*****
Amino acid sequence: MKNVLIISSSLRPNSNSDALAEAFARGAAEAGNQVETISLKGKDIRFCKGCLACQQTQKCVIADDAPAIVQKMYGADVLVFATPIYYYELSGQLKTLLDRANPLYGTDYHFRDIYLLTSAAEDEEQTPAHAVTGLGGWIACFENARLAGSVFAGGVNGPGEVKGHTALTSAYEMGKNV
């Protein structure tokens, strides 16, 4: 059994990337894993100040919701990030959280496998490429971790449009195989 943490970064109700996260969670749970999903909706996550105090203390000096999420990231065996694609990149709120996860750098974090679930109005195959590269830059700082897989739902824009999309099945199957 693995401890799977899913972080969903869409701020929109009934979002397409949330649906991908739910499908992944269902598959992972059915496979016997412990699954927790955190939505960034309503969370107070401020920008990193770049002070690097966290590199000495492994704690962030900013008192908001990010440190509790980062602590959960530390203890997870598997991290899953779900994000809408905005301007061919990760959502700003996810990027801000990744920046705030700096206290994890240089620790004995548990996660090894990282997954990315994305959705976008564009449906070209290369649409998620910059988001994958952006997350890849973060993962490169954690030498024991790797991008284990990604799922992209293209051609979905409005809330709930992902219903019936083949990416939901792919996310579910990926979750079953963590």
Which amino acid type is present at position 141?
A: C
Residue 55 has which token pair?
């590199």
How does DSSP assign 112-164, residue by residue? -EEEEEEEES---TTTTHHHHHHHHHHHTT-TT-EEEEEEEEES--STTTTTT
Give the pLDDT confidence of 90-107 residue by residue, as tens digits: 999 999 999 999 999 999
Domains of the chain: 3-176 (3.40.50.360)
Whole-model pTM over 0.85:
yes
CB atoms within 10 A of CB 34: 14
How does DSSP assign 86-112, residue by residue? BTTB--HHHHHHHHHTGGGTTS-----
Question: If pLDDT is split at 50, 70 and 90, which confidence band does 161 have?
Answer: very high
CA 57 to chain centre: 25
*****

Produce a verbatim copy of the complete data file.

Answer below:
Amino acid sequence: MKNVLIISSSLRPNSNSDALAEAFARGAAEAGNQVETISLKGKDIRFCKGCLACQQTQKCVIADDAPAIVQKMYGADVLVFATPIYYYELSGQLKTLLDRANPLYGTDYHFRDIYLLTSAAEDEEQTPAHAVTGLGGWIACFENARLAGSVFAGGVNGPGEVKGHTALTSAYEMGKNV
């Protein structure tokens, strides 16, 4: 059994990337894993100040919701990030959280496998490429971790449009195989 943490970064109700996260969670749970999903909706996550105090203390000096999420990231065996694609990149709120996860750098974090679930109005195959590269830059700082897989739902824009999309099945199957 693995401890799977899913972080969903869409701020929109009934979002397409949330649906991908739910499908992944269902598959992972059915496979016997412990699954927790955190939505960034309503969370107070401020920008990193770049002070690097966290590199000495492994704690962030900013008192908001990010440190509790980062602590959960530390203890997870598997991290899953779900994000809408905005301007061919990760959502700003996810990027801000990744920046705030700096206290994890240089620790004995548990996660090894990282997954990315994305959705976008564009449906070209290369649409998620910059988001994958952006997350890849973060993962490169954690030498024991790797991008284990990604799922992209293209051609979905409005809330709930992902219903019936083949990416939901792919996310579910990926979750079953963590």
Which amino acid type is present at position 141?
A: C
Residue 55 has which token pair?
């590199």
How does DSSP assign 112-164, residue by residue? -EEEEEEEES---TTTTHHHHHHHHHHHTT-TT-EEEEEEEEES--STTTTTT
Give the pLDDT confidence of 90-107 residue by residue, as tens digits: 999 999 999 999 999 999
Domains of the chain: 3-176 (3.40.50.360)
Whole-model pTM over 0.85:
yes
CB atoms within 10 A of CB 34: 14
How does DSSP assign 86-112, residue by residue? BTTB--HHHHHHHHHTGGGTTS-----
Question: If pLDDT is split at 50, 70 and 90, which confidence band does 161 have?
Answer: very high
CA 57 to chain centre: 25